Flashcards in gastrointenstinalradiologyflash Deck (159):
Unresectable pancreatic cancer factors?
Vascular encasement (SMA). Direct invasion of adjacent organs. Liver metastasis. Adenopathy. Ascites (peritoneal spread).
Paraneoplastic condition in pancreatic adenocarcinoma?
Trousseau's sign (spontaneous venous thrombosis).
Normal size of duodenal papilla?
Less than 1.5 cm.
Carcinoma. Polyps. Leiomyoma. (Familial polyposis syndrome and associated Gardner's syndrome)
Two types of gastric volvulus?
Small bowel folds in Celiac disease and Scleroderma?
Celiac: Jejunum decreased folds, ileum increased folds. Scleroderma: Increased folds throughout. 5 folds per inch is normal.
Ileocecal valve upper limits of normal size?
3 cm, certainly abnormal if > 4 cm.
Most common cause of enlarged ileocecal valve?
Diseases that can enlarged the ileocecal valve?
Lipoma. Crohn's disease. Lymphoma. Prolapsing ileal neoplasms.
2 conditions that can cause eccentric sacculations of the small bowel?
Crohn's disease. Scleroderma.
What vitamin deficiency may occur with small bowel diverticula?
Vitamin B12 from bacterial overgrowth.
Causes of toxic megacolon?
Ulcerative colitis. Crohn disease. Infectious colitis (especially in AIDS). Ischemia. Pseudomembranous colitis.
Which colon segment is most commonly involved in toxic megacolon?.
Transverse colon (most non-dependent).
What causes the colonic dilation in toxic megacolon?
Transmural inflamation with destruction of ganglion cells (myenteric plexus).
3 causes of intramural tracking?
Diverticulitis. Crohn's disease. Malignancy.
What disorders cause wide-mouth diverticula (pseudosacculations) in the colon?
Scleroderma. Crohn's disease. Ischemia.
In what patient population does right-sided diverticulitis occur?
Young adults. Asians.
Main differential feature of diffuse esophageal spasms and presbyesophagus?
Diffuse esophageal spasm presents with chest pain. Presbyesophagus is asymptomatic.
Does emphysematous cholecystitis result in air in the biliary system outside of the gallbladder?
No, because the cystic duct is obstructed.
What tumors of the appendix can product pseudomyxoma peritonei?
Mucocele. Mucinous cystadenoma. Myoglobulosis.
What are the two categories of cecal volvulus?
Axial torsion. Bascule (folding of cecum on right colon without significant twisting).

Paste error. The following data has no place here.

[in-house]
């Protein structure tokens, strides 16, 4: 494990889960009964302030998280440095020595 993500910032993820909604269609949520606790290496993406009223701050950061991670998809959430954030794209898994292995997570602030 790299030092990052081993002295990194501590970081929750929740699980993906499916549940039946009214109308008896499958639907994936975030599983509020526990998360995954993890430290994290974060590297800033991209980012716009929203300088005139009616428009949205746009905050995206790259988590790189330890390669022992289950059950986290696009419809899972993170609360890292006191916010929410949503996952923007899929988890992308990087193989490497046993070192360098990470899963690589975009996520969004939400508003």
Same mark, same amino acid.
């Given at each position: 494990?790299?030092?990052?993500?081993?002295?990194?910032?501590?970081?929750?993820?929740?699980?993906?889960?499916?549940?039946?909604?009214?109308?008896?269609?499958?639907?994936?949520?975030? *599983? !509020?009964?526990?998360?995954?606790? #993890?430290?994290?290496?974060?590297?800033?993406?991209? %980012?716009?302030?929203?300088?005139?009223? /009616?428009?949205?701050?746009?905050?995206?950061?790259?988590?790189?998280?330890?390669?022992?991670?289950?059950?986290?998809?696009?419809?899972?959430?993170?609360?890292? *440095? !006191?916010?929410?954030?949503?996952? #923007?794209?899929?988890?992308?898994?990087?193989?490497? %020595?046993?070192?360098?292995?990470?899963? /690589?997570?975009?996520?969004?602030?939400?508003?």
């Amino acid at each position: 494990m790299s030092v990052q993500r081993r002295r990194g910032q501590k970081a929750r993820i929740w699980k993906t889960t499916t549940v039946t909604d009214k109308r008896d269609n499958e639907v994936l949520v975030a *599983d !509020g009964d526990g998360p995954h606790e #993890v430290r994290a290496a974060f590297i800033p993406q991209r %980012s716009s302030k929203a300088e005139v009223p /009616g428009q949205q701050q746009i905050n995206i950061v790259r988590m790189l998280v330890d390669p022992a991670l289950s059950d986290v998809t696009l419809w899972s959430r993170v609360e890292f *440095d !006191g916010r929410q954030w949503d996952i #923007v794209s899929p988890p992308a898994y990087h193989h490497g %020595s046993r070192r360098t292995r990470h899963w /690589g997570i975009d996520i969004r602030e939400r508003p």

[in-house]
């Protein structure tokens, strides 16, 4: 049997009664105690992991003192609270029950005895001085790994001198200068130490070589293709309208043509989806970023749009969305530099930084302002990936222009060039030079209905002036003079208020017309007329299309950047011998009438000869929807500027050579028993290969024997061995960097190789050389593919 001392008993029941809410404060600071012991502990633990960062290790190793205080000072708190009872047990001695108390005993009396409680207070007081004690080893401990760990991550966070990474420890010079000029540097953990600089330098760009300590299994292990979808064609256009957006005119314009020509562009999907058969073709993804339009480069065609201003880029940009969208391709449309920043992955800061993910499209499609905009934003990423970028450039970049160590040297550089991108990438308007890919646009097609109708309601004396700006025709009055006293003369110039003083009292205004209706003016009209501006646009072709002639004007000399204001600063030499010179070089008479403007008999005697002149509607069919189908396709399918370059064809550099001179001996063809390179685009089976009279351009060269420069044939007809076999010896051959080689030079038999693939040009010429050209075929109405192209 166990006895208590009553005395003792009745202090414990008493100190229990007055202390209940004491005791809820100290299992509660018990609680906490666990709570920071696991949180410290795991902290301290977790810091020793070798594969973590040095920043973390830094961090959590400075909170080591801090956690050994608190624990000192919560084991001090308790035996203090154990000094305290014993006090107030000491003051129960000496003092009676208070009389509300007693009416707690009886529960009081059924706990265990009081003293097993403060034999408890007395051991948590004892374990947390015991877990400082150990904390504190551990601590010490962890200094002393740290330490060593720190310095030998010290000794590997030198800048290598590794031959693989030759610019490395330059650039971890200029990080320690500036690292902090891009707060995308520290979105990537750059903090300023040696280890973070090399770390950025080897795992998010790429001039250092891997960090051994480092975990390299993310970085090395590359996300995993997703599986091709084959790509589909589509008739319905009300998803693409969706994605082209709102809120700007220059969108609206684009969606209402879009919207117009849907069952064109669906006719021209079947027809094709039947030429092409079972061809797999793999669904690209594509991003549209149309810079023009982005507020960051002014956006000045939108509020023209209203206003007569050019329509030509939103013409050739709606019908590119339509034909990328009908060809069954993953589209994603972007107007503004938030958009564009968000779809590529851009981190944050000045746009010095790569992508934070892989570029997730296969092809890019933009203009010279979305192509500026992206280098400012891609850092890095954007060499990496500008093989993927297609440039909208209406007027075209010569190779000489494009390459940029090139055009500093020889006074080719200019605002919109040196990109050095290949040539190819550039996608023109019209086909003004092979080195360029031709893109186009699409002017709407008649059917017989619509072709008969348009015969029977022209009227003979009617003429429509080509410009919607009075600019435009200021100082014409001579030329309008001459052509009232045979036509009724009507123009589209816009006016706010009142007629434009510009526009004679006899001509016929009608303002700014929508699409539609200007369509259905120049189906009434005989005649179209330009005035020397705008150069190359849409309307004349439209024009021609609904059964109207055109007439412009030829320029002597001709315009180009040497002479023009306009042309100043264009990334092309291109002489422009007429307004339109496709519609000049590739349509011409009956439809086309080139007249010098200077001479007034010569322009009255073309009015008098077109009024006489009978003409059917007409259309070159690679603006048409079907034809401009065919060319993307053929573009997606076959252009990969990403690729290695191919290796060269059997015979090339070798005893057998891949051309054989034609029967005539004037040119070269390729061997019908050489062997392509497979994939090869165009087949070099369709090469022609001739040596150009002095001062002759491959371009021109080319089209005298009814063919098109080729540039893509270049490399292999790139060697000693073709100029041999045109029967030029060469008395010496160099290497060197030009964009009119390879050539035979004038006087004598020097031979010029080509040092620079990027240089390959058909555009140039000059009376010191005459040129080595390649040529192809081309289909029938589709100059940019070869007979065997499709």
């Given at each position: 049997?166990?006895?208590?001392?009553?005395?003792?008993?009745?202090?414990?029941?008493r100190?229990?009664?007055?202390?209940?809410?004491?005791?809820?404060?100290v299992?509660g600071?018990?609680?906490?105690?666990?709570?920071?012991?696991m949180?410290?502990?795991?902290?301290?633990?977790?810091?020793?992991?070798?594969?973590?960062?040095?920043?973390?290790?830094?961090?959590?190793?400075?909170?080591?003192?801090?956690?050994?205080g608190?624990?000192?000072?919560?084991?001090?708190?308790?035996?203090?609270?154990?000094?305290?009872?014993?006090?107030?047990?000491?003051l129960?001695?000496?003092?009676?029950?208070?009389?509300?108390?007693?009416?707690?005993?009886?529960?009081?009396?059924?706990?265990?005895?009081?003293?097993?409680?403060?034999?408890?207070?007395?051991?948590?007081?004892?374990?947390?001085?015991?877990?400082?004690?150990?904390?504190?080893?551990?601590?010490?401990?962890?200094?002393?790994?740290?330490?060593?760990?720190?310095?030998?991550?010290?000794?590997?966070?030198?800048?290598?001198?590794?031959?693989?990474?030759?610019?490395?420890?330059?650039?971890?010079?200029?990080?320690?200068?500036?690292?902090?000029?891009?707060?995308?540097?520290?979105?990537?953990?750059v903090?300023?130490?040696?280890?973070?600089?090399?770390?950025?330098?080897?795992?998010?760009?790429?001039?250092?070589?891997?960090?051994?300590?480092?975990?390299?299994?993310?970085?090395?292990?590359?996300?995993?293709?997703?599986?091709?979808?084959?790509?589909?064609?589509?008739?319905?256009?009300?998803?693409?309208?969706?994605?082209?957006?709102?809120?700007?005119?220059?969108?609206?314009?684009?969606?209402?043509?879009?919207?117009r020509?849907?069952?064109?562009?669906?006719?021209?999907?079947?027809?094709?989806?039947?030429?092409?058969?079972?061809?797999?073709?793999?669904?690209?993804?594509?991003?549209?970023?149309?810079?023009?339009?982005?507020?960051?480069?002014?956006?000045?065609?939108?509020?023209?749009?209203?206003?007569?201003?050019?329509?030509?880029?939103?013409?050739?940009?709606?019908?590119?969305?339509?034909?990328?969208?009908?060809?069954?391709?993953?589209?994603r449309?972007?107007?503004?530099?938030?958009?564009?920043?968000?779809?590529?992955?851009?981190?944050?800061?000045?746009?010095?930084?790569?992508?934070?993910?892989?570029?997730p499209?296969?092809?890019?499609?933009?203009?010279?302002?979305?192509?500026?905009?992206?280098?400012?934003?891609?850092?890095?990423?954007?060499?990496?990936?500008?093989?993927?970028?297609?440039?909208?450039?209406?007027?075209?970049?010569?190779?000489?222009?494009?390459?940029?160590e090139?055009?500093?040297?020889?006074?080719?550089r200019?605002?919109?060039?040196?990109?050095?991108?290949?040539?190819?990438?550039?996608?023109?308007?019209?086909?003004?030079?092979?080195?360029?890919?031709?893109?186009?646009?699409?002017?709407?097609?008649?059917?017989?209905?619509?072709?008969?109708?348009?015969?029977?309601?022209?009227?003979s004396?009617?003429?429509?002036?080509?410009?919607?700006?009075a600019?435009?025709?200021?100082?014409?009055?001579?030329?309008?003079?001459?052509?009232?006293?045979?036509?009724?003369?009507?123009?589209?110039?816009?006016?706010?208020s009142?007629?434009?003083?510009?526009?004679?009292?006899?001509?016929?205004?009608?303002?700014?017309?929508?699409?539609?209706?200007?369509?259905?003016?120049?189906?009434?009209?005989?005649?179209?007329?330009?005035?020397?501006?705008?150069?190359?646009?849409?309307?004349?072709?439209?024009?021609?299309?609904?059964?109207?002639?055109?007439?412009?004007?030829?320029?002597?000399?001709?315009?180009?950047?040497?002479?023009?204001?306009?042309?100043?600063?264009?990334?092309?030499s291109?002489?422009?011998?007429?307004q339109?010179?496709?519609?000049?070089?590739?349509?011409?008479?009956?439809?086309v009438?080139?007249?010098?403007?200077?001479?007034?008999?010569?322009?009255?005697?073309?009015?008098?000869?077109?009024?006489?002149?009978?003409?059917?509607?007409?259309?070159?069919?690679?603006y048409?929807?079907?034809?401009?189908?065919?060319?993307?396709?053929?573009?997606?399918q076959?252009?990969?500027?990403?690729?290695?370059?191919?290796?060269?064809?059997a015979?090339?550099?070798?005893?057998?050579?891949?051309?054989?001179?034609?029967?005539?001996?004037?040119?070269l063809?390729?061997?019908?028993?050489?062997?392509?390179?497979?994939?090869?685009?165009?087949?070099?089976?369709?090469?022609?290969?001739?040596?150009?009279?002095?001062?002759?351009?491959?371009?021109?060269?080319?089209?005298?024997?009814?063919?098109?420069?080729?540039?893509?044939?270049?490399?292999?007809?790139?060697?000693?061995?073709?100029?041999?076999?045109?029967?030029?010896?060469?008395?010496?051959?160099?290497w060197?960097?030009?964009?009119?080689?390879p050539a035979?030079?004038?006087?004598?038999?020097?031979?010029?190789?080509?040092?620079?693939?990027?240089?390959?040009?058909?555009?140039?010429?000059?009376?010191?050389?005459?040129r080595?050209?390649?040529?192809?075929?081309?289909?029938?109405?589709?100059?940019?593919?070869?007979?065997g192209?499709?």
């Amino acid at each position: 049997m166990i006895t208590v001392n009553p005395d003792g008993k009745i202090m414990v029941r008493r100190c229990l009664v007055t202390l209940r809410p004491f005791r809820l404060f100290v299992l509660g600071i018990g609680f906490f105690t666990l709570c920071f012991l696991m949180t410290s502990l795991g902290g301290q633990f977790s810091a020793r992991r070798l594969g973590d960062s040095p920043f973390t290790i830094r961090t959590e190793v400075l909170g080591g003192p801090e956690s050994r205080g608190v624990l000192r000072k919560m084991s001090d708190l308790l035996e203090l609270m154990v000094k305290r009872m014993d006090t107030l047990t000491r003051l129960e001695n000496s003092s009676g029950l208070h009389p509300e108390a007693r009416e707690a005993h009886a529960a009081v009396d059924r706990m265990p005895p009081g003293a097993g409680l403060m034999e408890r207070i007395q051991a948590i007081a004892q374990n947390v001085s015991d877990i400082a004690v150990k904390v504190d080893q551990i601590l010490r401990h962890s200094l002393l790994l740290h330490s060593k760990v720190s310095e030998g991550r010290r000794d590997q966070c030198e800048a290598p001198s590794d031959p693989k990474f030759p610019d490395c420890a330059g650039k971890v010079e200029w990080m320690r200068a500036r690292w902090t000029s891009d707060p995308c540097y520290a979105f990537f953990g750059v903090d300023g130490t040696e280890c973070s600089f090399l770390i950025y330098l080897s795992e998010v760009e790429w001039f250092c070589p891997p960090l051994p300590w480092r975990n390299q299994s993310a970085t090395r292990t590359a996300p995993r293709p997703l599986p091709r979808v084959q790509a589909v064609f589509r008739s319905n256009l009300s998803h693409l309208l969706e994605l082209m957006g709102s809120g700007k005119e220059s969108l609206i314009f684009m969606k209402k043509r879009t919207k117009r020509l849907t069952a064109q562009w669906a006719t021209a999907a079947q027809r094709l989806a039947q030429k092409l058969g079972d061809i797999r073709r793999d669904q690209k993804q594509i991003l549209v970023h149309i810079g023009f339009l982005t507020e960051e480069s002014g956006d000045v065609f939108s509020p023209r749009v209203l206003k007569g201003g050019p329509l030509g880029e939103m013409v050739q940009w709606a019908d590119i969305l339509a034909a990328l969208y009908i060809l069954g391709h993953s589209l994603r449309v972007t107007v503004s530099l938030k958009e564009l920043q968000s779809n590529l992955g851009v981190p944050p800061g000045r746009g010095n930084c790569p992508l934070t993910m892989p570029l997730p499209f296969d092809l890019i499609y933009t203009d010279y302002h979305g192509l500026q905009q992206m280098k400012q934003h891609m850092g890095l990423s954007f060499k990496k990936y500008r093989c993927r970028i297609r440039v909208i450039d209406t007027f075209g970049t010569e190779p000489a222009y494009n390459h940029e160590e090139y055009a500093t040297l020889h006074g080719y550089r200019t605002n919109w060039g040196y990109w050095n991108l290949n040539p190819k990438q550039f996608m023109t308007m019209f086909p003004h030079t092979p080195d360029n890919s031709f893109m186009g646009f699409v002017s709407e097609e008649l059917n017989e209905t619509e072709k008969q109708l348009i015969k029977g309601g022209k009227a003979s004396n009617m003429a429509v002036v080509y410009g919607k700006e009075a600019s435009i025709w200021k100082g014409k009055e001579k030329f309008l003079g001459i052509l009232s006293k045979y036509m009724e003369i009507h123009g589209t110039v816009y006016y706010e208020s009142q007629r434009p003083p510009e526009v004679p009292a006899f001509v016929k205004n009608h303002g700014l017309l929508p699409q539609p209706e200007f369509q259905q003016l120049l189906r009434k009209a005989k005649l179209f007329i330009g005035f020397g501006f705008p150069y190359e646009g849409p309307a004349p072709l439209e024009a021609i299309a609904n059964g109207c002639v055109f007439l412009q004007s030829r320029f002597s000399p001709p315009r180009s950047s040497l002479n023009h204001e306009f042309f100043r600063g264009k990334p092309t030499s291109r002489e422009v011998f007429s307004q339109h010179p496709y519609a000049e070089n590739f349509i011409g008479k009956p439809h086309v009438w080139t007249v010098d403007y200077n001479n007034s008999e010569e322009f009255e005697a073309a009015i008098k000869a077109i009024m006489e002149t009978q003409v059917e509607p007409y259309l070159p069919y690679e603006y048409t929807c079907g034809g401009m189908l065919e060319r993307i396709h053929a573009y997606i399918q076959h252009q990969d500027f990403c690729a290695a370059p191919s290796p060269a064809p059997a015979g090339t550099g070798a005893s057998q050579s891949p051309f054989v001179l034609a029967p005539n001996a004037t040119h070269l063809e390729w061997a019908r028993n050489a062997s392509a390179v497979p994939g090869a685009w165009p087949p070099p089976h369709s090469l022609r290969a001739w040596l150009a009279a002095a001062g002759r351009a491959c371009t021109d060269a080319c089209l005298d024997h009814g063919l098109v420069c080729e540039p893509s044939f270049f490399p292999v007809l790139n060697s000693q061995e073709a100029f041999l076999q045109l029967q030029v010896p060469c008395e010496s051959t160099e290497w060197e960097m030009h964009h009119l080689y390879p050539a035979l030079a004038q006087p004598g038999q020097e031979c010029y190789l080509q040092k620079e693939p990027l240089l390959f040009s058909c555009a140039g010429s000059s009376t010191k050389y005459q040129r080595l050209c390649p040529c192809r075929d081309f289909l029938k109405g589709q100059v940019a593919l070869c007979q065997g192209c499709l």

What underlying condition do patients with emphysematous cholecystitis most likely have?
What conditions can lead to superior mesenteric artery syndrome?
Rapid weight loss. Immobilization. Wearing a body cast. Decreased peristalsis. Drugs.
What's the Bourne test?
In suspected enterovesical fistula, urine is collected, spun, and radiographed for dectection of barium.
What's the difference between a fistula and a sinus tract?
Fistula tract connects two mucosal lined structures. Sinus tract ends blindly or in a cavity without normal mucosa.
What drug is associated with pneumatosis of the bowel?
What pulmonary and collagen vascular diseases can cause pneumatosis of the bowel?
Scleroderma. SLE. Dermatomyositis. Asthma. COPD. CF.
Factors that distinguish a pancreatic abscess from pseudocyst?
Abscess (forms earlier after pancreatitis, days to weeks, high HU 20-50, may contain air).
Gallstone ileus triad?
Air in biliary system. Radiopaque stone. Bowel obstruction. All 3 present probably only 30% of the time.
Causes of nodular filling defects in duodenal bulb and proximal duodenum?
Heterotopic gastric mucosa. Benign lymphoid hyperplasia. Brunner's gland hyperplasia (large nodules).
What conditions may result in loss of haustral folds?
Most types of colitis. Laxative abuse. Scleroderma.
Most common location in stomach for a malignant ulcer?
Antrum (most common area for benign ulcers, too). Fundus ulcers, though uncommon, are more likely to be malignant.
What liver lesion exhibitis cetripetal opacification?
Hemangioma, peripheral to central enhancement over time.
Spigelian, Richter's, and Littre's hernias?
Spigelian: lower quadrant through semilunar line. Richter's: only one wall of bowel involved. Littre's: Meckel's diverticulum hernia.
Disorder that causes thyroid and breast abnormalities, hyperkeratosis, and harmartomas of the small bowel?
Features of Cronkhite-Canada syndrome?
Weight loss. Anorexia. Alopecia. Multiple intestinal hamartomas.
Cutaneous masses and small bowel tumors?
What conditions may cause focal strictures of the small bowel?